It’s been a whirlwind week, meeting people from the textbook gig I had this year for a dinner party (complete with karaoke and a stop at a wine bar), frantic syllabus-drafting and a meeting with fellow teachers to discuss the new Listening & Speaking Course guidelines, followed by Indian food and beer, an end-of-semester lunch meeting with my department, where we wished the department head a good year off on sabbatical in San Francisco, followed by a meeting with Charles and Jeffery at Carne Station, and lots of meat and drink. Last night, Lime and I went on a futile search for batteries, and ended up wandering around Yongsan station. And today, we’re supposed to be meeting my old friends Kim and Chai.
And I’m leaving for Laos on Monday evening, so it’s not like I have no preparation to do, but it’s good, seeing all these people with whom I’d probably spend more time, if I (and they) could.
During the last meeting mentioned, at Carne Station, Jeffery, I think it was, mentioned a guy who sounded suspiciously like Pat Condell, or so I thought, and we agreed that this blogger we were talking about is very funny, smart, and worthwhile. Pat Condell — I assume it’s his name, since, after all, why would he make up the name “Pat Condell,” right? — is a YouTube videoblogger, and his discussions are about religion, from a very, um, skeptical, or, shall we say, heretical perspective. I’ve been subscribed to his feed for a while, and enjoy just about every post he uploads. Like a shining gem in the dreck of YouTube, really. Here’s a taste.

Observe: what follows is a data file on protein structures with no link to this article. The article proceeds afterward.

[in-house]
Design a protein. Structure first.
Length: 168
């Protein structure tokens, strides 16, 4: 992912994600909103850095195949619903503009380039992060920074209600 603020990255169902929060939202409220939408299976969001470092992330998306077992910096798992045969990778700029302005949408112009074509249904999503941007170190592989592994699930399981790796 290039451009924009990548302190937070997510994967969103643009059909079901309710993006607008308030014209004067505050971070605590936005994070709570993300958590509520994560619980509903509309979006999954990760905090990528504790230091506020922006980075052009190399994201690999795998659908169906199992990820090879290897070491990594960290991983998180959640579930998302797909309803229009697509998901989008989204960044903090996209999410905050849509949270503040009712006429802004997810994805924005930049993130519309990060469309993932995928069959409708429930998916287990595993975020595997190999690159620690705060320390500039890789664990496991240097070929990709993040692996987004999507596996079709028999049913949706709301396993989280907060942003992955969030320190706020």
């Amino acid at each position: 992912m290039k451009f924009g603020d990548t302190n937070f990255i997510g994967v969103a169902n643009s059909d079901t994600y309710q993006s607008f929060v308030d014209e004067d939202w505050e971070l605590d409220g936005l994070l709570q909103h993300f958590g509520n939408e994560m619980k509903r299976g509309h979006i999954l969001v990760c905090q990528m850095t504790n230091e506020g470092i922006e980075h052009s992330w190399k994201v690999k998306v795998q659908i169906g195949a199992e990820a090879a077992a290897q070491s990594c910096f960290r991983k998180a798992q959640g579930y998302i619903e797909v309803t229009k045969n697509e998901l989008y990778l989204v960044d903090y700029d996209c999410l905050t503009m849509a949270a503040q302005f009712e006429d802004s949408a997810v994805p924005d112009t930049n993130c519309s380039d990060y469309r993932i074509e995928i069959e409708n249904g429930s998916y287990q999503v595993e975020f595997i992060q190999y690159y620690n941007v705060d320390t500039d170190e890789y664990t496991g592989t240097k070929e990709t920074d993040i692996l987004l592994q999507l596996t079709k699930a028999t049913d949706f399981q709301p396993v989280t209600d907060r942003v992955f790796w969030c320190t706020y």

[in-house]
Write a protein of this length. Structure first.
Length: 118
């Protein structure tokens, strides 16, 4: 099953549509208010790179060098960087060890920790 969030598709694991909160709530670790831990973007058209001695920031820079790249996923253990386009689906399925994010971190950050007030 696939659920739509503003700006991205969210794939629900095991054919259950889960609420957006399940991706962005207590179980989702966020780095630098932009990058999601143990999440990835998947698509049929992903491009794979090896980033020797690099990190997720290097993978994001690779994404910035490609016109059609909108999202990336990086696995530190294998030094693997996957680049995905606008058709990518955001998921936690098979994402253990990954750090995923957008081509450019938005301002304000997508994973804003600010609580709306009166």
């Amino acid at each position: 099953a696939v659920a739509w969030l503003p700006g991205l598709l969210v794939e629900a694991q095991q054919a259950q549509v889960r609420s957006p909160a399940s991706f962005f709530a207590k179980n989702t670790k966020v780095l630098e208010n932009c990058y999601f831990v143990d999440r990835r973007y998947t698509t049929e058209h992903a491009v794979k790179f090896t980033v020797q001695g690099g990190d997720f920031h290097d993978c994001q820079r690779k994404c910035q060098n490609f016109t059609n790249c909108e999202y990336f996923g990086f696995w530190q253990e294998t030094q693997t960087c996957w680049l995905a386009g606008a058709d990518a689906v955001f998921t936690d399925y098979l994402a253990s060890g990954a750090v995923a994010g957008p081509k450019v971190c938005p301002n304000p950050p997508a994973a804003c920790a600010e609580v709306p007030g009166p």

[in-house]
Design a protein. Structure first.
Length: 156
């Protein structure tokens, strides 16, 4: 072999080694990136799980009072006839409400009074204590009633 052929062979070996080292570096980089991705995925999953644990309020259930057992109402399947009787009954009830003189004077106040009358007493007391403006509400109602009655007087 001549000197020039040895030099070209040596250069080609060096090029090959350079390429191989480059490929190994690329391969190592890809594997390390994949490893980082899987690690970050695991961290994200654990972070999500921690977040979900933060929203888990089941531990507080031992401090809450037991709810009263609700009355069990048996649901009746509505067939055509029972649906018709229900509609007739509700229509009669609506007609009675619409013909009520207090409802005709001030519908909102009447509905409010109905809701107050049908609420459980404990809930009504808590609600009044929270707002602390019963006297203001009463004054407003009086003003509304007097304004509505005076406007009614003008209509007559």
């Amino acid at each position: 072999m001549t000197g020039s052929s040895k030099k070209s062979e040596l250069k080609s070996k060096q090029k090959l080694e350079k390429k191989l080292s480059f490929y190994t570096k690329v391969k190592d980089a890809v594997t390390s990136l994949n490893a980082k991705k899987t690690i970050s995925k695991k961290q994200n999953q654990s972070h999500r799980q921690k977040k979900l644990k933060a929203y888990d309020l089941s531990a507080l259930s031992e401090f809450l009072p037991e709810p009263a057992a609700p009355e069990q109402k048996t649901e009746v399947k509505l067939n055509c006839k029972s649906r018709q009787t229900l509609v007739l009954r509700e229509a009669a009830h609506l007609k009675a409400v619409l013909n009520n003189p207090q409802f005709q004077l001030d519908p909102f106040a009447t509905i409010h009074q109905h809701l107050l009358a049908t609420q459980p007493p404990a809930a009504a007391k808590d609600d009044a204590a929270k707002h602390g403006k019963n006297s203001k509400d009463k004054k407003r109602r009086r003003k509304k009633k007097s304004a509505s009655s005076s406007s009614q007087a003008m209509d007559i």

Yay for heretical viewpoints.
Me, I’ve always thought heresy was a good thing, ever since my uptight, self-righteous Christian Ethics teacher — Mr. McKay — accused me of the “modern heresies” of intellectualism, sarcasm, and snobbery. That I could make a grown man lose his cool over a cartoon, that meant to me that there was something wrong with his thinking. (I hadn’t anticipated a large number of people worldwide losing their cool over cartoons, back in 1991.)
But that’s another sordid story, and I wouldn’t want the tangent to muffle my praise for Pat Condell. Go check out the guy’s feed, and enjoy some of the previous posts there.
8 thoughts on “The Past Week, and Praise for Pat Condell”
Actually, Gord, I think that I was referring to Malcolm Pollack, of Waka Waka Waka. Charles knows his blog, too, but maybe we were all three speaking of different atheistic bloggers…
Anyway, I also know Pat Condrell’s videos. They’re very well done — funny, direct, un-PC, and often devastating.
But to the point at hand . . . I, too, enjoyed the meal, drinks, and conversation. Interesting to reflect that none of that would have happened if not for our blogging diversions.
Just one small point, thoug . . . I’m “Jeffery,” with that diabolical ending “-ery” that everybody gets wrong because, dammit, that should be spelled “-rey”! Still, it’s really and truly “-ery.”
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College was a happy time for me, as the people who came out to give the St. Paul’s College pitch (our local Catholic college) were so unbelievably…lousy.